Messier 35 (M35) is a large open star cluster located in the northern constellation Gemini. The cluster consists of several hundred stars, of which 120 are brighter than magnitude 13. The cluster has an apparent magnitude of 5.3 and lies at an approximate distance of 2,800 light years from Earth. The estimated age of M35 is about 110 million years. The hottest blue/white main sequence stars in the cluster have the spectral classification B3. M35 also contains more evolved stars, including several orange and yellow giants. The cluster is approaching us at 5 km/s. Another open cluster, NGC2158, lies about 15 arc minutes to the southeast of M35. NGC2158 has a visual magnitude of 8.6 and occupies an area of 5 arc minutes. It is considerably older, more compact and contains more stars. It is also more than five times more distant than M35 and the two clusters are not physically related.
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AAS: In Search of Distant Clusters

Post by bystander » Fri Mar 13, 2020 5:32 pm

In Search of Distant Clusters
AAS NOVA Featured Image | 2020 Mar 09
apjsab6993f8_hr[1].jpg
The gravitational warping of distant starlight seen here is caused by a galaxy cluster located nearly 4 billion light-years away, visible at the center of this image. Clusters of galaxies are the largest gravitationally bound systems in the universe, and their abundance and distribution can reveal information about how the universe expanded and how its structure formed and evolved. A team using the South Pole Telescope recently conducted a new survey — the SPTpol Extended Cluster Survey — of 2,770 square degrees of sky, hunting for the signatures that galaxy clusters imprint on the cosmic microwave background spectrum. In a publication led by Lindsey Bleem (Argonne National Laboratory, University of Chicago), the team describes the result: the discovery of 266 cluster candidates, 244 of which have already been confirmed visually via archival and follow-up observations like the one shown above (taken with the PISCO imager on the 6.5 m Magellan/Clay telescope at Las Campanas Observatory in Chile).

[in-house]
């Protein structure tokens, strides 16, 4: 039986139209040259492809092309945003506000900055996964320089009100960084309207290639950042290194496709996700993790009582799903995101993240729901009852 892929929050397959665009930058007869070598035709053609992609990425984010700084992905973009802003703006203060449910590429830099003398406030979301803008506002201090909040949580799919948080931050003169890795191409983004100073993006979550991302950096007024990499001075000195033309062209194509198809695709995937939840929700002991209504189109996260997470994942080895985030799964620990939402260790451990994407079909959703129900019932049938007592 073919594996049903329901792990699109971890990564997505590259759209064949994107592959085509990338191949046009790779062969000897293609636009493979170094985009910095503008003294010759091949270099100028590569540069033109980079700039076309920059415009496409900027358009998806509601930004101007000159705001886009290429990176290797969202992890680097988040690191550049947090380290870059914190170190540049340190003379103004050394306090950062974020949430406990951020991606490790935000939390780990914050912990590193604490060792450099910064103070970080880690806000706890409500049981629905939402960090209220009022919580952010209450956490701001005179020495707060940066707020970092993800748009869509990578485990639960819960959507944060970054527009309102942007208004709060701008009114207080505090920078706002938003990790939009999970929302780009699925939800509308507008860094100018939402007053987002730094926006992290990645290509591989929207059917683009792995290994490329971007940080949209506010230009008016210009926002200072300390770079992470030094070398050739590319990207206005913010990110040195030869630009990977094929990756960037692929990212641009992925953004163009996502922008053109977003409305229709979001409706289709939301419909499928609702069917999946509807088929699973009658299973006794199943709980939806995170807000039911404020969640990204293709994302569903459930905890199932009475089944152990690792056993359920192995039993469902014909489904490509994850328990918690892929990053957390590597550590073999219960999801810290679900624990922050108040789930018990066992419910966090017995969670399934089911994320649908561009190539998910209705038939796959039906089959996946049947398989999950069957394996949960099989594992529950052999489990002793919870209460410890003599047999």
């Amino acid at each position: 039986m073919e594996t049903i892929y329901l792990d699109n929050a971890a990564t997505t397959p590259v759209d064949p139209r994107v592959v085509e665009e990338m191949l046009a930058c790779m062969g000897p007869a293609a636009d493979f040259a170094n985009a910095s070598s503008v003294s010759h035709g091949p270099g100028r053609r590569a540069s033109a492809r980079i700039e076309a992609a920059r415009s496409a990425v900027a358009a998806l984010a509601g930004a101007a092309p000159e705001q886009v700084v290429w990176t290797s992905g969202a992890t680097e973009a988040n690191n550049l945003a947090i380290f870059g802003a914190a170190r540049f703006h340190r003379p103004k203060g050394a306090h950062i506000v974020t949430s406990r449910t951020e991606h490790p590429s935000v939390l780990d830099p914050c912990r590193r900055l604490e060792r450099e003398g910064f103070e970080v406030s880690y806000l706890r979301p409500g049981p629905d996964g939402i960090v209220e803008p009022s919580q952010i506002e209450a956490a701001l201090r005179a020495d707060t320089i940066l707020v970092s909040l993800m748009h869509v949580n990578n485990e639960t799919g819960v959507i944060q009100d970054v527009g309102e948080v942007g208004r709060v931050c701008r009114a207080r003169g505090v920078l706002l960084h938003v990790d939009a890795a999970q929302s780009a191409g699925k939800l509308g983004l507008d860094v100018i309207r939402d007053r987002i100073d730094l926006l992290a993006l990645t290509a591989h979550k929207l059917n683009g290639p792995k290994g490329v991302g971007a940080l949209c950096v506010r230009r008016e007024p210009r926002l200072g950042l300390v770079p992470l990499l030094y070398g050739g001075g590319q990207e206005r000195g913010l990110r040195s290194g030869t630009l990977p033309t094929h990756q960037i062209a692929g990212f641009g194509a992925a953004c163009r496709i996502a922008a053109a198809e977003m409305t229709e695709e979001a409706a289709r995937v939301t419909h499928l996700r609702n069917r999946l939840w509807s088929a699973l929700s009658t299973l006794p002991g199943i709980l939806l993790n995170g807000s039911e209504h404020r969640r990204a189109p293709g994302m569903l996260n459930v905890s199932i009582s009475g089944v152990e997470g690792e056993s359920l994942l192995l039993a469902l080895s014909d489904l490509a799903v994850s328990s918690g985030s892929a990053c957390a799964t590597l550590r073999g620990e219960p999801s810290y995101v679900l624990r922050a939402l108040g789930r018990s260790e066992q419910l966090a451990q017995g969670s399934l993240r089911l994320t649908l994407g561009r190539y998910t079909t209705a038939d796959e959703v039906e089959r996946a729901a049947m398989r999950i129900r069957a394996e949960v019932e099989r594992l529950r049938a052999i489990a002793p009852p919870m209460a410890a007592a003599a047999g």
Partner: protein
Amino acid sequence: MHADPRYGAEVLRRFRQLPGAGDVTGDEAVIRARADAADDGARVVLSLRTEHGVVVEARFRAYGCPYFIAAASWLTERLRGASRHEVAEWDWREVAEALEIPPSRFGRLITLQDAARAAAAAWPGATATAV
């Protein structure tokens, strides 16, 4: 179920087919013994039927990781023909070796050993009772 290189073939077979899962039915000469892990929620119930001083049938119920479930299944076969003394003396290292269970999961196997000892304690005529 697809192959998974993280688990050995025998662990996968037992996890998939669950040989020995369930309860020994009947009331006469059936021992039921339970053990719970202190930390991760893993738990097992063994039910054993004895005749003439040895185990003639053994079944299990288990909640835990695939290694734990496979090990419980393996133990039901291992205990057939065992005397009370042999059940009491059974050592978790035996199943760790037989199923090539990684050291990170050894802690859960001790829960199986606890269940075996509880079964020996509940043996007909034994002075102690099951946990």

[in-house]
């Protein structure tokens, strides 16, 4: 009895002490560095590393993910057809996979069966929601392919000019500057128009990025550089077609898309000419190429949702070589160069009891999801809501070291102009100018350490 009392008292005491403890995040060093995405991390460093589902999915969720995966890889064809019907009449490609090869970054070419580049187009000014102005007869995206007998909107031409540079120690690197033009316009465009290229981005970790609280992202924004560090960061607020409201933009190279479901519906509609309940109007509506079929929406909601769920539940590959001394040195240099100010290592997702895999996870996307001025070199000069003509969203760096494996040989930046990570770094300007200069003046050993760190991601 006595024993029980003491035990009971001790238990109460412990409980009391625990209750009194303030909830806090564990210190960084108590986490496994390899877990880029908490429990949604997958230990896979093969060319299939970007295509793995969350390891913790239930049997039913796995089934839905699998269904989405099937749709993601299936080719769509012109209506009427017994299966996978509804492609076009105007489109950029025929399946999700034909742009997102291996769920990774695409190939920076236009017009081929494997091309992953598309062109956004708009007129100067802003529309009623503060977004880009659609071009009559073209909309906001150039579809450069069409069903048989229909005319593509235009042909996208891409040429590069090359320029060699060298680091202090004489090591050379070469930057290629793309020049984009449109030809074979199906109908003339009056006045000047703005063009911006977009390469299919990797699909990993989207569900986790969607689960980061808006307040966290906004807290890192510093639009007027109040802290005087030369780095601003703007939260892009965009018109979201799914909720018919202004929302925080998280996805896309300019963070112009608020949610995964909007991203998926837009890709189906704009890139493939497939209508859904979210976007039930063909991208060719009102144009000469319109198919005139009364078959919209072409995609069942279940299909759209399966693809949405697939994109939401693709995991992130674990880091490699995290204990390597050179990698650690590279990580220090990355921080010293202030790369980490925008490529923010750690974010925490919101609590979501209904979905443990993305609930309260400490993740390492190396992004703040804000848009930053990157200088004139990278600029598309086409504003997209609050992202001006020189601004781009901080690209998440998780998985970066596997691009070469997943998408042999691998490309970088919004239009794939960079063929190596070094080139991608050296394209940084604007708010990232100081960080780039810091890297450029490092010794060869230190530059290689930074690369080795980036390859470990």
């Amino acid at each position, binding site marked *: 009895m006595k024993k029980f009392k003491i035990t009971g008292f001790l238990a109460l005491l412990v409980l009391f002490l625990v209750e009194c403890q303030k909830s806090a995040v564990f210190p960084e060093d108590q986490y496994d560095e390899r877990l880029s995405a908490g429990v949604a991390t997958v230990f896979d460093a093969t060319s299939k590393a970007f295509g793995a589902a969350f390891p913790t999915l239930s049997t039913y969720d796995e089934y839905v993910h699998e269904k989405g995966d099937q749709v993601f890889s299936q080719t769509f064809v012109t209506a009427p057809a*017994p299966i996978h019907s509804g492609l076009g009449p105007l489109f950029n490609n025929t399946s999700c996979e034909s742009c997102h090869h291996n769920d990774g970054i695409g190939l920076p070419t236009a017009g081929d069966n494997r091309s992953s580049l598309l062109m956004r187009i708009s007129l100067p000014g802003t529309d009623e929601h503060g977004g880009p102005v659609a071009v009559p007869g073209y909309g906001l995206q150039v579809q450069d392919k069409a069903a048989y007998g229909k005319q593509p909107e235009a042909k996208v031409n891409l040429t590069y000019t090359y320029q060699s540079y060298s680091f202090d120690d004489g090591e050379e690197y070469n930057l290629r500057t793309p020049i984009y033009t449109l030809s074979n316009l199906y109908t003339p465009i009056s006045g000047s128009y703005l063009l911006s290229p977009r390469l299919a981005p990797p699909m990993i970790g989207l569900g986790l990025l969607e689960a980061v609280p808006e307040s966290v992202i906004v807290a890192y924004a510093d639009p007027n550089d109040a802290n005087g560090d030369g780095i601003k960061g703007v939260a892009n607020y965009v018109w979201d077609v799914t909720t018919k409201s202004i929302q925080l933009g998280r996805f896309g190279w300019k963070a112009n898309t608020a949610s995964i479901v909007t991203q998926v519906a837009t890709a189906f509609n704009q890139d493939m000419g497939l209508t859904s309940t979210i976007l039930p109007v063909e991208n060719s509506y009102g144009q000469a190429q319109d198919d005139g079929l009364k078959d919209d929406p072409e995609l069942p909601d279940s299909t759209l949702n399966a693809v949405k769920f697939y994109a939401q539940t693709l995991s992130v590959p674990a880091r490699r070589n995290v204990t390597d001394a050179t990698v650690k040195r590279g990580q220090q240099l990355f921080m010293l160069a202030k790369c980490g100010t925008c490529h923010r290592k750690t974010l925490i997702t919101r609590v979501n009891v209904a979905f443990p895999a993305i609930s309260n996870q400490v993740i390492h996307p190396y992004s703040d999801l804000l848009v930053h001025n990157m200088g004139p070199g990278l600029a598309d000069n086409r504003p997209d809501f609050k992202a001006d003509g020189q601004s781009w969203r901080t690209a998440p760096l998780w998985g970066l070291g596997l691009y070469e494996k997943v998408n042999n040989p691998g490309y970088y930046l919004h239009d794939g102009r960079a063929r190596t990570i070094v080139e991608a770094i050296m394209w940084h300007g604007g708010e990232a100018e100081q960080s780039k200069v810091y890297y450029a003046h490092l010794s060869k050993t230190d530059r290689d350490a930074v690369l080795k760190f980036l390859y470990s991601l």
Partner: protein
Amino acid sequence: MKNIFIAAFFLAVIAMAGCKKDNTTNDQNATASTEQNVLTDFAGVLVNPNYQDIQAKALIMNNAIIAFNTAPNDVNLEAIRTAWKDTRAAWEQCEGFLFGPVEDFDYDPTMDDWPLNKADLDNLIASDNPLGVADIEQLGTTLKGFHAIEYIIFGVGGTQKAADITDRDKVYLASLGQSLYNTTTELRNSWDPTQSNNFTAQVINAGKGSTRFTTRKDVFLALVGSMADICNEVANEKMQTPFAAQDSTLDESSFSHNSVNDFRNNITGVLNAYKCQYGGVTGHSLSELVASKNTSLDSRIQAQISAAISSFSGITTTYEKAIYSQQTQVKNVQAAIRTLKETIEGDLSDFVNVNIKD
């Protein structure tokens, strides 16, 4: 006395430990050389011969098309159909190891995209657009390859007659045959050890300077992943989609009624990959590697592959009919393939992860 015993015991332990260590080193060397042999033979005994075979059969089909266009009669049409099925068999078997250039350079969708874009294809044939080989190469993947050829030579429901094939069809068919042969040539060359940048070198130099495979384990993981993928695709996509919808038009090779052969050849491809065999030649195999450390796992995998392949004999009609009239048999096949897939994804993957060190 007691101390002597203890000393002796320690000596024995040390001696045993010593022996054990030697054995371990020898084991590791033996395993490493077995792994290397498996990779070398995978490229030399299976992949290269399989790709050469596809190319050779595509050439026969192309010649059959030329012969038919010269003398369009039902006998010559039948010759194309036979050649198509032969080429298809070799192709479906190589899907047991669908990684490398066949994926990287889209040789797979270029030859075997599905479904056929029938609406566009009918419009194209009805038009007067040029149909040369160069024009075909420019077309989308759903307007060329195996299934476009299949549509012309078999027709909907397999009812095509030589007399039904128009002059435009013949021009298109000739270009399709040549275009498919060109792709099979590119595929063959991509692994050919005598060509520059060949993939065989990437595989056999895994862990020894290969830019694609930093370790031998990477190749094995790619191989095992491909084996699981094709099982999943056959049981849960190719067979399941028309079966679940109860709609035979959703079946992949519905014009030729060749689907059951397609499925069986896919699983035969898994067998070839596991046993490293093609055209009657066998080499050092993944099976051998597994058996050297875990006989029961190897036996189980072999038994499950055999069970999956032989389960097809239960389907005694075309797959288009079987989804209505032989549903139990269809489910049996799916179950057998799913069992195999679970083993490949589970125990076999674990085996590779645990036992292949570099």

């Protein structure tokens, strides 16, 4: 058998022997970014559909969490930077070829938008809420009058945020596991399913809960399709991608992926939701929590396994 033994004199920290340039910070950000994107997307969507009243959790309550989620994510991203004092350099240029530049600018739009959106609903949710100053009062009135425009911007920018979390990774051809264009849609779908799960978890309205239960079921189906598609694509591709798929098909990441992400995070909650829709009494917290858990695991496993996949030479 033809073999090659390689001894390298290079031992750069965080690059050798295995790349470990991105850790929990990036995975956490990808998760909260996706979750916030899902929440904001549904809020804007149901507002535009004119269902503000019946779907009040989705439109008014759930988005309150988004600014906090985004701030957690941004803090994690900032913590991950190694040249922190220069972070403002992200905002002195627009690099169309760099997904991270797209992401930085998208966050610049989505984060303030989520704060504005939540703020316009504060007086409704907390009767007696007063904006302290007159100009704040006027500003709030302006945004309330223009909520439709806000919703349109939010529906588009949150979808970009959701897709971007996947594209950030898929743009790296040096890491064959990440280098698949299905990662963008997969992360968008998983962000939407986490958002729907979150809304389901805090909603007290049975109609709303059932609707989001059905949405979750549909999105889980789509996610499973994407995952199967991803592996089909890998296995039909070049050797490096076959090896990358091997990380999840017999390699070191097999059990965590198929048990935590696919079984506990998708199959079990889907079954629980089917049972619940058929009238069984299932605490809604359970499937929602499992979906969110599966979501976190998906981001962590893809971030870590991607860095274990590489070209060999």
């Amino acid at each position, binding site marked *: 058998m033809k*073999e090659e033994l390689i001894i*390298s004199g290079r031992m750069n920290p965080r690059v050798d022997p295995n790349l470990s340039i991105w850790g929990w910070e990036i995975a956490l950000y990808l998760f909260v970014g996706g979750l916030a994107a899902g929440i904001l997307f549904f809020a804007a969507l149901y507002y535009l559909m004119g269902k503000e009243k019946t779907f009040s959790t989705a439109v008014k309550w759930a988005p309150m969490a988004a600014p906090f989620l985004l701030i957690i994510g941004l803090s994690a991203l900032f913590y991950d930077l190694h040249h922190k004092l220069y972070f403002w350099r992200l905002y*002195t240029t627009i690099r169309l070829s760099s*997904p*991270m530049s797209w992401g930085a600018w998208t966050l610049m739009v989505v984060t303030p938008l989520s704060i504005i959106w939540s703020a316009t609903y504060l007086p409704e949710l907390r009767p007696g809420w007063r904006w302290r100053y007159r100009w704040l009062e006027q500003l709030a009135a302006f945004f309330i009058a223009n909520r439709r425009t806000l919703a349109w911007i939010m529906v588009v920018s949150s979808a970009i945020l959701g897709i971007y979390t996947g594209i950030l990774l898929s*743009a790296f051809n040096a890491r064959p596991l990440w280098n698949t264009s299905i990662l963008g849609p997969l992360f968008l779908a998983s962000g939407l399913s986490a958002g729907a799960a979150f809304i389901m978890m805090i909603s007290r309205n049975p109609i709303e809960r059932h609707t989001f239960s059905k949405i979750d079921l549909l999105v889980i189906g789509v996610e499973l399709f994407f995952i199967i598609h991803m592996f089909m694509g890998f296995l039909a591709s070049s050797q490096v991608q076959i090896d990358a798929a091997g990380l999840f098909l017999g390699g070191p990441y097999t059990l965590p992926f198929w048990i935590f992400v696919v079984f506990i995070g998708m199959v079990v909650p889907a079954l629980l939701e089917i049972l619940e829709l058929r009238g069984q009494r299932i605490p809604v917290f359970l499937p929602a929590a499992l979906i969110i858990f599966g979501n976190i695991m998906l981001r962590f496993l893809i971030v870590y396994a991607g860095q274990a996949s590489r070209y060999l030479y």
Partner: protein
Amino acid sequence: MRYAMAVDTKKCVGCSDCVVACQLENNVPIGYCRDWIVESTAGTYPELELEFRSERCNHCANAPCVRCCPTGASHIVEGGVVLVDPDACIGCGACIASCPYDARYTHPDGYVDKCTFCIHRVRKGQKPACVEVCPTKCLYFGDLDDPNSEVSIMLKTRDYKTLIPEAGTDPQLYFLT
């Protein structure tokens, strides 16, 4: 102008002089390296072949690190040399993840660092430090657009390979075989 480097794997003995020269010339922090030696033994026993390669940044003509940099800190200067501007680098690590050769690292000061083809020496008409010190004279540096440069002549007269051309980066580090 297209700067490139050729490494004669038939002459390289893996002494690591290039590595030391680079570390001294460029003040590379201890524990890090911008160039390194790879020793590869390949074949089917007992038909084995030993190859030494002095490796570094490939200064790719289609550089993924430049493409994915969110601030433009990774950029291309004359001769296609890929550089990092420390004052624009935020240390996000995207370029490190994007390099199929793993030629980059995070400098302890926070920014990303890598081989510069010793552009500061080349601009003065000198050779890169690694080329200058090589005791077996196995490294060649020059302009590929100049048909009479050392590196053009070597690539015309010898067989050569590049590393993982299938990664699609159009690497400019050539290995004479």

The SPTpol Extended Cluster Survey ~ L. E. Bleem et al
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Re: Found Images: 2020 March

Post by starsurfer » Sat Mar 14, 2020 11:31 am


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Re: Found Images: 2020 March

Post by starsurfer » Mon Mar 16, 2020 9:12 am

B145
http://afesan.es/Deepspace/slides/Barna ... 02018.html
Copyright: Antonio Sánchez
Barnard145.jpg
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Re: Found Images: 2020 March

Post by starsurfer » Mon Mar 16, 2020 9:14 am

SB 3
http://members.pcug.org.au/~stevec/SB3_ ... 0_RC14.htm
Copyright: Steve Crouch
SB3.jpg